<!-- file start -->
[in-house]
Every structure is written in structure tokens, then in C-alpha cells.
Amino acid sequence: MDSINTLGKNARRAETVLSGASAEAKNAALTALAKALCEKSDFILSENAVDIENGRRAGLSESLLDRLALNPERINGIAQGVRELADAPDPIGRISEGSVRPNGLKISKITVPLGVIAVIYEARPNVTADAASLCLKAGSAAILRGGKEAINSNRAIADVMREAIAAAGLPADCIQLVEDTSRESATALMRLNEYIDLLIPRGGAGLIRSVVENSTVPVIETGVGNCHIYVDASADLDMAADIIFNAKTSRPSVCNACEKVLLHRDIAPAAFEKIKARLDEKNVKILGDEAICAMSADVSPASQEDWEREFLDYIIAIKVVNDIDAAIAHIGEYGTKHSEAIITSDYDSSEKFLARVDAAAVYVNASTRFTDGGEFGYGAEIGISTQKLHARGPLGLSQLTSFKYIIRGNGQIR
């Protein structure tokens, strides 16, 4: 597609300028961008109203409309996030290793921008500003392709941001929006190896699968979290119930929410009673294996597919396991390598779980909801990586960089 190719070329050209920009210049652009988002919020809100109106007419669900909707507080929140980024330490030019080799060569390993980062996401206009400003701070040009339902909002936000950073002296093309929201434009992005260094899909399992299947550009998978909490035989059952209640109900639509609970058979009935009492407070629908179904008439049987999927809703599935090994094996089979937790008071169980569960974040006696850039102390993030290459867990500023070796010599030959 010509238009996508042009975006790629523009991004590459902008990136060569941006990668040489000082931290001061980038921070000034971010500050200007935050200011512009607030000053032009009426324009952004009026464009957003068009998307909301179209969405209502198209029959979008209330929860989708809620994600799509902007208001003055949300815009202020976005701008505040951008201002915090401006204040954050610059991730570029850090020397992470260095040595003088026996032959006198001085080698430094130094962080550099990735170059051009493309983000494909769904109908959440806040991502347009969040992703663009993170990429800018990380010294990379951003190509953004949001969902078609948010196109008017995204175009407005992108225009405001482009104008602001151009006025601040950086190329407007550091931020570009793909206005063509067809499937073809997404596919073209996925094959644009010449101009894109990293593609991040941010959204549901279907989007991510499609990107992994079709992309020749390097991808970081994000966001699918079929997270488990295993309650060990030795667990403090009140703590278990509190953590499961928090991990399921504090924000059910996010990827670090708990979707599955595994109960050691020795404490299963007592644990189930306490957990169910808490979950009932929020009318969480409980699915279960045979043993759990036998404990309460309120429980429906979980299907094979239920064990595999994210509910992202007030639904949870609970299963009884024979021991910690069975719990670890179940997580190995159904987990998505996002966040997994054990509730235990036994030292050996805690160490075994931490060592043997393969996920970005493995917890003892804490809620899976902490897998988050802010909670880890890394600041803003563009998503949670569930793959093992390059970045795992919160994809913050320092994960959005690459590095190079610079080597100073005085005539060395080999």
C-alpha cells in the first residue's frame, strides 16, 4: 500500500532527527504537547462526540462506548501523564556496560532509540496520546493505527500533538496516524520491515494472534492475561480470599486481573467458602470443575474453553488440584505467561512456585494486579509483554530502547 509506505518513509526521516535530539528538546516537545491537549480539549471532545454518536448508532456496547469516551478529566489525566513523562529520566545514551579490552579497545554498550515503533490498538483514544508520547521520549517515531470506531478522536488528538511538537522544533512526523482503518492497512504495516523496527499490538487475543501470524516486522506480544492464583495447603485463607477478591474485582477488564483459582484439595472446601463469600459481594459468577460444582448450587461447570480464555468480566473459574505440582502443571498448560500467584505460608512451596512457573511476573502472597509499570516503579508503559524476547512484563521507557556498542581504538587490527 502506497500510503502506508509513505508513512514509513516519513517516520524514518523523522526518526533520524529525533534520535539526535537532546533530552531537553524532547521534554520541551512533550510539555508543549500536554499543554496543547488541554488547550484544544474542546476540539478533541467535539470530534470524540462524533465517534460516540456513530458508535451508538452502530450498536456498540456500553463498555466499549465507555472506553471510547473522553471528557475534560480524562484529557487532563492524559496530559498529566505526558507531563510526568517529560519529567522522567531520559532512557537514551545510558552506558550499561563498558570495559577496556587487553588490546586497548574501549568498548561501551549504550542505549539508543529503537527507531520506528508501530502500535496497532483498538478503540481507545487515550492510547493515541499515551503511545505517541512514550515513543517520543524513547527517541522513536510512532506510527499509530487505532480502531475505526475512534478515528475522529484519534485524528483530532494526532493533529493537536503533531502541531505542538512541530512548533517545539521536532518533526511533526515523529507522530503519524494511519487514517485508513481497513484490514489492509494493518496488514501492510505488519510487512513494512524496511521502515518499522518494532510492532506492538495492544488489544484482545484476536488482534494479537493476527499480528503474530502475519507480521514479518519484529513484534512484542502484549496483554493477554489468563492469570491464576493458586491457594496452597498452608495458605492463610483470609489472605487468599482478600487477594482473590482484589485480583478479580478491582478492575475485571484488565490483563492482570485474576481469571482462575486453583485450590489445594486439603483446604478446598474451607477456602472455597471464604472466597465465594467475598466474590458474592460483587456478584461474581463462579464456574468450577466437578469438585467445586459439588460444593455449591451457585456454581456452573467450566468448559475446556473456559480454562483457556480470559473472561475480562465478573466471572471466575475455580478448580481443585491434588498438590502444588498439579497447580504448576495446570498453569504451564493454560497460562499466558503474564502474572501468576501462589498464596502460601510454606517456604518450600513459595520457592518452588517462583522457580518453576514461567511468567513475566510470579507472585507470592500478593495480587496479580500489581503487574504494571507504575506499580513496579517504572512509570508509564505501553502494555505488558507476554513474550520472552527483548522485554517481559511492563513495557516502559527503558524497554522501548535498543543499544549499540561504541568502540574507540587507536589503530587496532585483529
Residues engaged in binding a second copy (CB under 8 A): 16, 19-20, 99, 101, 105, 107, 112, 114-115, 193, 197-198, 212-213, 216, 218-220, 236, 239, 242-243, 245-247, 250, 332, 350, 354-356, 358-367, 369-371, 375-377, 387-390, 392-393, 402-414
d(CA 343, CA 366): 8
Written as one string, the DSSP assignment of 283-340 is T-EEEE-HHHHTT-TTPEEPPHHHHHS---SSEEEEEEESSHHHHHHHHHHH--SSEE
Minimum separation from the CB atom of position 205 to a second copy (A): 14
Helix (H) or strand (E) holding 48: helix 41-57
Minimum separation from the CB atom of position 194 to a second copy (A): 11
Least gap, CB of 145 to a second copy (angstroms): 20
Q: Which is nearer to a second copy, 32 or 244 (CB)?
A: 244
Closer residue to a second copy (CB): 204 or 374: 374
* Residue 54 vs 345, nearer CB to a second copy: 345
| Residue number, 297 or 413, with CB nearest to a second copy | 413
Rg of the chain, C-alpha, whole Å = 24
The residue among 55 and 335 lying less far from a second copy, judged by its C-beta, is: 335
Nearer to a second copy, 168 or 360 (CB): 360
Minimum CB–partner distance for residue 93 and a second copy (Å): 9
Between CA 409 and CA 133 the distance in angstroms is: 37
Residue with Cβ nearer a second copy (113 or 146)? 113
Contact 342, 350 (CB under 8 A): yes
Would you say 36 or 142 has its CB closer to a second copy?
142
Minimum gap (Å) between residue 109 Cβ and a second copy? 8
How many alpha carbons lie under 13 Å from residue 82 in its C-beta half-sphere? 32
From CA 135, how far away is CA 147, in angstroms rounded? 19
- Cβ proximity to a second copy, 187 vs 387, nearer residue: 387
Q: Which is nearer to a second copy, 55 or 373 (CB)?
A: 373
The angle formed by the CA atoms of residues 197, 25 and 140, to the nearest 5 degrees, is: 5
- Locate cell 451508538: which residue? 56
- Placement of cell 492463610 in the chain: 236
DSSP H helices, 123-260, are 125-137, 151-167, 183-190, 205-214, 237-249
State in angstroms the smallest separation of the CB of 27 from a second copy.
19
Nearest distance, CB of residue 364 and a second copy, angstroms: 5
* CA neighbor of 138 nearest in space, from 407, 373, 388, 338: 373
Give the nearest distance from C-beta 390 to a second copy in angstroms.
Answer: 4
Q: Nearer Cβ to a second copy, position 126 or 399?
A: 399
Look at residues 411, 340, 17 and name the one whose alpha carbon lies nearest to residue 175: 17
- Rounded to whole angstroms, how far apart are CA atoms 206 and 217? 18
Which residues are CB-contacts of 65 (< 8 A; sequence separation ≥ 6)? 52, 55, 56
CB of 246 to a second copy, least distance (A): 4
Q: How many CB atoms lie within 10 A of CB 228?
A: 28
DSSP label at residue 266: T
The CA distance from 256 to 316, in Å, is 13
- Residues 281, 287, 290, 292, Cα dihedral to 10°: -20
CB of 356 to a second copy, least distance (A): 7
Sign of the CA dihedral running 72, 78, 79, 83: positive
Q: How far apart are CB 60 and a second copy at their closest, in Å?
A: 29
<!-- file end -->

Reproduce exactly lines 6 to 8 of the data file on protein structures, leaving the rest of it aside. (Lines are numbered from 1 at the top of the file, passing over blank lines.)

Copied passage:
Residues engaged in binding a second copy (CB under 8 A): 16, 19-20, 99, 101, 105, 107, 112, 114-115, 193, 197-198, 212-213, 216, 218-220, 236, 239, 242-243, 245-247, 250, 332, 350, 354-356, 358-367, 369-371, 375-377, 387-390, 392-393, 402-414
d(CA 343, CA 366): 8
Written as one string, the DSSP assignment of 283-340 is T-EEEE-HHHHTT-TTPEEPPHHHHHS---SSEEEEEEESSHHHHHHHHHHH--SSEE